The Bible

Bible Usage:


  • Included in Eastons: Yes
  • Included in Hitchcocks: No
  • Included in Naves: Yes
  • Included in Smiths: Yes
  • Included in Websters: Yes
  • Included in Strongs: Yes
  • Included in Thayers: No
  • Included in BDB: Yes

Strongs Concordance:


Easton's Bible Dictionary

A girdle of, worn by Elijah (2 Kings 1:8) and John the Baptist (Matthew 3:4). Leather was employed both for clothing (Numbers 31:20; Hebrews 11:37) and for writing upon. The trade of a tanner is mentioned (Acts 9:43; 10:6, 32). It was probably learned in Egypt.

Naves Topical Index

Smith's Bible Dictionary

The notices of leather in the Bible are singularly few; indeed the word occurs but twice in the Authorized Version, and in each instance in reference to the same object, a girdle. (2 Kings 1:8; Matthew 3:4) There are, however, other instances in which the word "leather" might with propriety be substituted for "skin." (Leviticus 11:32; 13:48; Numbers 31:20) Though the material itself is seldom noticed, yet we cannot doubt that it was extensively used by the Jews; shoes, bottles, thongs, garments, ropes and other articles were made of it. The art of tanning, however, was held in low esteem by the Jews.

Webster's 1828 Dictionary


LEATH'ER-COAT, noun An apple with a tough coat or rind.

Webster's 1828 Dictionary

LEATH'ER-DRESSER, noun One who dresses leather; one who prepares hides for use.

Webster's 1828 Dictionary

LEATH'ER-JACKET, n A fish of the Pacific ocean.

Webster's 1828 Dictionary


By leather-mouthed fish, I mean such as have their teeth in their throat, as the chub.

Webster's 1828 Dictionary





LEAVE, noun

1. Permission; allowance; license; liberty granted by which restraint or illegality is removed.

No friend has leave to bear away the dead.

David earnestly asked leave of me. 1 Samuel 20:1.

2. Farewell; adieu; ceremony of departure; a formal parting of friends; used chiefly in the phrase to take leave. Acts 18:1.

LEAVE, verb transitive preterit tense and participle passive left. [Gr. Let in English has the sense both of permit and of hinder. The most prominent significations of leave, are to stop or forbear, and to withdraw.]

1. To withdraw or depart from; to quit for a longer or shorter time indefinitely, or for perpetuity. We left Cowes on our return to the United States, May 10, 1825. We leave home for a day or a year. The fever leaves the patient daily at a certain hour. The secretary has left the business of his office with his first clerk.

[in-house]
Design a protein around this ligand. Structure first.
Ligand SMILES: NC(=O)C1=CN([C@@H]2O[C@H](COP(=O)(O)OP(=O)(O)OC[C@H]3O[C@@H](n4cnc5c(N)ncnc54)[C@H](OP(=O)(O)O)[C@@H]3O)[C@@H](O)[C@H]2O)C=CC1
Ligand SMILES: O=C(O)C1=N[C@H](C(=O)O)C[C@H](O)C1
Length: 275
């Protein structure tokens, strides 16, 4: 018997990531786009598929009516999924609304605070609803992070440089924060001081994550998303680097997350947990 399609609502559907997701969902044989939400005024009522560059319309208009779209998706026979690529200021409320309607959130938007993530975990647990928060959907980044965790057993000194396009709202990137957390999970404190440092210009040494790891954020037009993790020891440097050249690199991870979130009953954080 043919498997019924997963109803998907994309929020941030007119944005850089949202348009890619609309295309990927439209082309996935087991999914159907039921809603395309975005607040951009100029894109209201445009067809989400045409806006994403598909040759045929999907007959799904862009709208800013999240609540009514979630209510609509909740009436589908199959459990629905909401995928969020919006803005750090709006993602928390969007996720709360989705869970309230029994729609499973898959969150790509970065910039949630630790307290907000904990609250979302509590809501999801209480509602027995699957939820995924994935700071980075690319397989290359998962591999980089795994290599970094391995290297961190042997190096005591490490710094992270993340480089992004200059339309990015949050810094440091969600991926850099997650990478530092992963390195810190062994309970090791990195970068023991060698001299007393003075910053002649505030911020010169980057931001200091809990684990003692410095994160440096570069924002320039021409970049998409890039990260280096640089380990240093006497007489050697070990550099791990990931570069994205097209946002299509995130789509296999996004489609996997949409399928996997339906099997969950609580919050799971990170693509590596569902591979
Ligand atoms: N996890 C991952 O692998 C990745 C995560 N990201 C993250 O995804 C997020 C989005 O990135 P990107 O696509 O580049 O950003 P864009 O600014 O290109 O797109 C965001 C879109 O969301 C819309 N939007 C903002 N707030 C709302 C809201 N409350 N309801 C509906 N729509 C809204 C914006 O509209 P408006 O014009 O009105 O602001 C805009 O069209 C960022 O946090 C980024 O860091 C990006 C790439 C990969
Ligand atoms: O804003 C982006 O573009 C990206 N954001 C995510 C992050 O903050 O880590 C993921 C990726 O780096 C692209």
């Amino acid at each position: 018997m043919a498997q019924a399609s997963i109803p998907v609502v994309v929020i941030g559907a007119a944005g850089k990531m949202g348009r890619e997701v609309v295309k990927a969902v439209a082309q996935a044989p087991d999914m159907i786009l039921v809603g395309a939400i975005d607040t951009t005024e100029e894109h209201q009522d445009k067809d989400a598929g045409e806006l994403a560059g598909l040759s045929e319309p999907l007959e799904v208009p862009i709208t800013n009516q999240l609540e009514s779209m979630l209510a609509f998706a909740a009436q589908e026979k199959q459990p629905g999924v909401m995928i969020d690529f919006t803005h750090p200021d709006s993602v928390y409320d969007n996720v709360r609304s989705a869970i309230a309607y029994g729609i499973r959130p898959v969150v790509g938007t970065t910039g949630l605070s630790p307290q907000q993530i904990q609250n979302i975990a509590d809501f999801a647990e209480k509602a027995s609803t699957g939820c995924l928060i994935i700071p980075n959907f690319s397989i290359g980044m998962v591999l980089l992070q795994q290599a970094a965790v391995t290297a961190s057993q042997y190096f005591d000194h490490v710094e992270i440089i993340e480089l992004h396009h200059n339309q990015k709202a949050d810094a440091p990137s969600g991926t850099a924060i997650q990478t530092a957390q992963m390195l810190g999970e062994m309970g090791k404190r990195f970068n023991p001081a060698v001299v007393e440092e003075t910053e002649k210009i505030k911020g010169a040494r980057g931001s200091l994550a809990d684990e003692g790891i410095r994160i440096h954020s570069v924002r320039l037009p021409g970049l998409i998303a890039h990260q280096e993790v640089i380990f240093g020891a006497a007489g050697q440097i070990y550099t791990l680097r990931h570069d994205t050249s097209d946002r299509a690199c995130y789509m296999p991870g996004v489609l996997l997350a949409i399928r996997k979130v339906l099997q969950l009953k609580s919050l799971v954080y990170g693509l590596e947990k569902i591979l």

A man shall leave his father and his mother, and cleave to his wife. Genesis 2:1.

2. To forsake; to desert; to abandon; to relinquish.

We have left all and followed thee. Mark 10:1.

3. To suffer to remain; not to take or remove.

Let no man leave of it till the morning. Exodus 16:1.

4. To have remaining at death; as, to leave a good name.

5. To commit or trust to, as a deposit; or to suffer to remain. I left the papers in the care of the consul.

6. To bequeath; to give by will. The deceased has left his lands to his sons, but he has left a legacy to his only daughter.

7. To permit without interposition. Of this, he leaves the reader to judge.

8. To cease to do; to desist from; to forbear.

Let us return, lest my father leave caring for the asses and take thought for us. 1 Samuel 9:5.

9. To refer; to commit for decision.

To be left to one's self, to be deserted or forsaken; to be permitted to follow one's own opinions or desires.

To leave off, to desist from; to forbear; as, to leave off work at six o'clock.

1. To leave off, to cease wearing; as, to leave off a garment.

2. To forsake; as, to leave off an old acquaintance.

To leave out, to omit; as, to leave out a word or name in writing.

LEAVE, verb intransitive To cease; to desist.

He began at the eldest and left at the youngest. Genesis 44:12.

To leave off, to cease; to desist; to stop.

But when you find that vigorous heat abate, leave off, and for another summons wait.

LEAVE, verb transitive To raise. [Not used.]